River basin plans published

Posted: Thursday 28th January 2010

Defra, the Environment Agency and Welsh Assembly Government have published River Basin Management Plans (RBMP) for ten river basin districts in Englandand Wales. The plans set out how good water status will be achieved for each lake, stretch of a river, estuary or coastline.

Environment Secretary Hilary Benn said:

“The River Basin Management Plans show our commitment to building on the improvements in water quality of our rivers, lakes and coastlines that we have seen in the last 20 years. The return of fish species and other wildlife that had previously disappeared shows what we can do.

“I’m also pleased to announce £1million for the Environment Agency to bring forward water quality investigations they have planned in England for the next three years, so we can find out where the problems are and get on with dealing with them. In addition, the money available for farmers to tackle agricultural water pollution will be increased to £7.5million.”

Dr Paul Leinster, Environment Agency Chief Executive, said:

“These major plans, approved today by Government, will help improve over 9,500 miles of rivers across England and Wales by 2015.

“The quality of rivers in England and Wales continue to improve. That is why we have seen the return of otters, eels and salmon to rivers like the Thames, Mersey and Tyne.

“The plans set out actions to tackle sources of pollution and to help reach challenging new EU standards on water quality. We will be working hard locally to deliver the plans alongside farmers, water companies and groups such as the Rivers Trusts and RSPB, who also have a key role to play.”

Welsh Assembly Government Environment Minister Jane Davidson said:

"It is our duty to ensure the quality of our rivers are maintained and protected for future generations. These plans set out how we intend to achieve this so our waterways are a healthy, thriving environment for both mankind and wildlife."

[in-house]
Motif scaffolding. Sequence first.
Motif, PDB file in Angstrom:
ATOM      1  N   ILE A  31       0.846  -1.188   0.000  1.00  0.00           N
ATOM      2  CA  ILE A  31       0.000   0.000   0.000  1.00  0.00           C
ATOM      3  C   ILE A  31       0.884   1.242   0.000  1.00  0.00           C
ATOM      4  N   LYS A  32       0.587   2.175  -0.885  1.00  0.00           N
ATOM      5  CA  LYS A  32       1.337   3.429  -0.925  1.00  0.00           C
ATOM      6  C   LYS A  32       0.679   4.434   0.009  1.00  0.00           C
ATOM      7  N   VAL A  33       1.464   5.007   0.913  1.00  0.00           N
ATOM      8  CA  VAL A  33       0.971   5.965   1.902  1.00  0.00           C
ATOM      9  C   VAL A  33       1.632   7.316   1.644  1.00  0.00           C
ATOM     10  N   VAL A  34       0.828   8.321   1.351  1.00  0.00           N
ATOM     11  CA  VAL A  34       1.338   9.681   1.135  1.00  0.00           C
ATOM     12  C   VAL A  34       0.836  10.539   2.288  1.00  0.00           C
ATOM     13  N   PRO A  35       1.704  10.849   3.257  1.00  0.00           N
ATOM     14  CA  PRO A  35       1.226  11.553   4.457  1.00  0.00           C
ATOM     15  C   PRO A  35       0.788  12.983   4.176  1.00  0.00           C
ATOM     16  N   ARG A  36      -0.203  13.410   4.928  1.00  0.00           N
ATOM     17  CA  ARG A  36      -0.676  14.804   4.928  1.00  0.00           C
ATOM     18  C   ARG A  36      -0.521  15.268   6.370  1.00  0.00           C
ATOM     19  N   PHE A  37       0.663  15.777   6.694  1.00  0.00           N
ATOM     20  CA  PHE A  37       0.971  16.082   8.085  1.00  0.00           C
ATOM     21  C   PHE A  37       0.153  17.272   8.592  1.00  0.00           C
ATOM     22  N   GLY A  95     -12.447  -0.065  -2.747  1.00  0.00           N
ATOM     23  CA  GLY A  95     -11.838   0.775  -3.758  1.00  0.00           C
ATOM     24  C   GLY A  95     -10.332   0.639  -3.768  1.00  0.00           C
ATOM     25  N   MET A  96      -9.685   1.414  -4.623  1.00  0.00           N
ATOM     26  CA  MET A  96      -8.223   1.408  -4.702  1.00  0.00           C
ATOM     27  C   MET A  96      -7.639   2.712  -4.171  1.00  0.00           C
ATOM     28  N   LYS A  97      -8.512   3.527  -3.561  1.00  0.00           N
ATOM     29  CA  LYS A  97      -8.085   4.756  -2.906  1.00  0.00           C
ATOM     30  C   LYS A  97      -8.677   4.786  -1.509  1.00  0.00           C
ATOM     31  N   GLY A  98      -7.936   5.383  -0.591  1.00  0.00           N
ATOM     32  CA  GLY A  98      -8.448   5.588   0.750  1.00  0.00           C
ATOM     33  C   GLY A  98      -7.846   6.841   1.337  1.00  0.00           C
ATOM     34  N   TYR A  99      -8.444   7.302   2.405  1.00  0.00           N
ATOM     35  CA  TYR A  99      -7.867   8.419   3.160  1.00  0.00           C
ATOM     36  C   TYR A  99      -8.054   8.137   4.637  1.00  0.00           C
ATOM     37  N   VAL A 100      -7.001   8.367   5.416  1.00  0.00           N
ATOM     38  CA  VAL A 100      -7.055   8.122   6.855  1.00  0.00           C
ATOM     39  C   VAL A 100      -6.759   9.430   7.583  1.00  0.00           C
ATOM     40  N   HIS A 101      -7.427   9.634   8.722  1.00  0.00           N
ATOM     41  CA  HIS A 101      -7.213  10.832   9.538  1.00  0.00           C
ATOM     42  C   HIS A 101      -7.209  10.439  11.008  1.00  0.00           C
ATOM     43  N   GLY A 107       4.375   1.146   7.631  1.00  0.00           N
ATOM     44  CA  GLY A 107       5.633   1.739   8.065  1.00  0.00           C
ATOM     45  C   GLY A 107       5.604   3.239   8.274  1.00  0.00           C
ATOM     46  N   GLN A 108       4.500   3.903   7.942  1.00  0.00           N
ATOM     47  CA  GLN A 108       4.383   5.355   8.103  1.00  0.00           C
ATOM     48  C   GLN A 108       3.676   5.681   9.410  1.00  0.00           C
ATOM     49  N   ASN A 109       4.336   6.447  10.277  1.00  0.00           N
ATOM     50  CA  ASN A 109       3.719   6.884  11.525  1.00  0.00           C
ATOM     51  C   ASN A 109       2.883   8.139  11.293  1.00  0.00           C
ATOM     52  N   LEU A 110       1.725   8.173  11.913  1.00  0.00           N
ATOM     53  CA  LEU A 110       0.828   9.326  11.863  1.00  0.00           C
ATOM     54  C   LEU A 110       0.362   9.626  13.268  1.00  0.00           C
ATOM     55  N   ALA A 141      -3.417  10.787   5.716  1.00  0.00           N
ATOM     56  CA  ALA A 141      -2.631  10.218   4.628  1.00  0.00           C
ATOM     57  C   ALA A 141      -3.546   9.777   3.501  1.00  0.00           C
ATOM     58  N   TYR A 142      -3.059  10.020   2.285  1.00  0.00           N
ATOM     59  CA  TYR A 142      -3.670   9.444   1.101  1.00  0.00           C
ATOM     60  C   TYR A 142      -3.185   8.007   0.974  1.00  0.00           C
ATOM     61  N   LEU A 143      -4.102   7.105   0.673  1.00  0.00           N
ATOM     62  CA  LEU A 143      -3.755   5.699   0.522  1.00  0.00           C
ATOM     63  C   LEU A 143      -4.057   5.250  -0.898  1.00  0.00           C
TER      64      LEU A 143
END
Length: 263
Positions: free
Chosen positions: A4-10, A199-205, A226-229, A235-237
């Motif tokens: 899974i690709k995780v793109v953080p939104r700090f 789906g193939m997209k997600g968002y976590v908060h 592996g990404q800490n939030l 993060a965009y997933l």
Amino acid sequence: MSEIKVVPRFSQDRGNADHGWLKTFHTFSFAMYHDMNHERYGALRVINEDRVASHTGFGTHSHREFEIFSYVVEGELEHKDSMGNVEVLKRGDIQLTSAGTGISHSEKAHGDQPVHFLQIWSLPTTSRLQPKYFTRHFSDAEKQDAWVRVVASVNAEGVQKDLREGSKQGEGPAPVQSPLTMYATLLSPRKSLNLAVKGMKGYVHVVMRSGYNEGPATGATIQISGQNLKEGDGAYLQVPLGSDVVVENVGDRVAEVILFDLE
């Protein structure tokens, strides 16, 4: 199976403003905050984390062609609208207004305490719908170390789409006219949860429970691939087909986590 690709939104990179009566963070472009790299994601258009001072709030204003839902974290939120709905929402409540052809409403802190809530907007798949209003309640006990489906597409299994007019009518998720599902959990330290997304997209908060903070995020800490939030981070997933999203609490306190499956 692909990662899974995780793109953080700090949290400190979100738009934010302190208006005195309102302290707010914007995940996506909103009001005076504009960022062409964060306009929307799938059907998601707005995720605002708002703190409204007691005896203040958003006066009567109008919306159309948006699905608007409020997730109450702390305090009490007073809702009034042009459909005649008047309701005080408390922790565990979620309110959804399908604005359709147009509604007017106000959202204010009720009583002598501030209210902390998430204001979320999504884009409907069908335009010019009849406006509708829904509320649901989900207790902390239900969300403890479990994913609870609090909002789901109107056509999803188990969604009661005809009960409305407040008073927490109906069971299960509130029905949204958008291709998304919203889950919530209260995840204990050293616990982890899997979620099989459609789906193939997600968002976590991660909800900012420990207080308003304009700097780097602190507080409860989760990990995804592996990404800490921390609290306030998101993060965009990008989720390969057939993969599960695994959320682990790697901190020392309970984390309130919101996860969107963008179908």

The Water Framework Directive changes how we measure water quality in England. Water status is measured by examining the ecological and chemical make-up of the water and the standard required to reach ‘good status’ is common across Europe. Although the previous assessment method showed a trend of improving water quality, the new assessment process is significantly more challenging.

To meet these tough targets, everyone will need to play their part – including water companies, farming groups, industry and NGOs.

Currently the most common causes of water pollution are run off from rural and urban land and discharge of waste water from industry and sewage overflows. The Government and Environment Agency is working closely with farmers, businesses and water companies to reduce pollution and improve water quality.

The RBMPs detail how the target water status will be achieved for each river, lake, estuary, coastline and groundwater in England and Wales and have been developed in by the Environment Agency working with co-deliverers, who will also carry out actions within the plans.

Recent key achievements in water quality include:

· Otters, salmon and other wildlife are returning to many rivers for the first time since the industrial revolution.

· Otters can now be found in every English county

· The River Mersey, once the most polluted river in Europe, is the cleanest it has been for a century. Salmon have now returned to the river.




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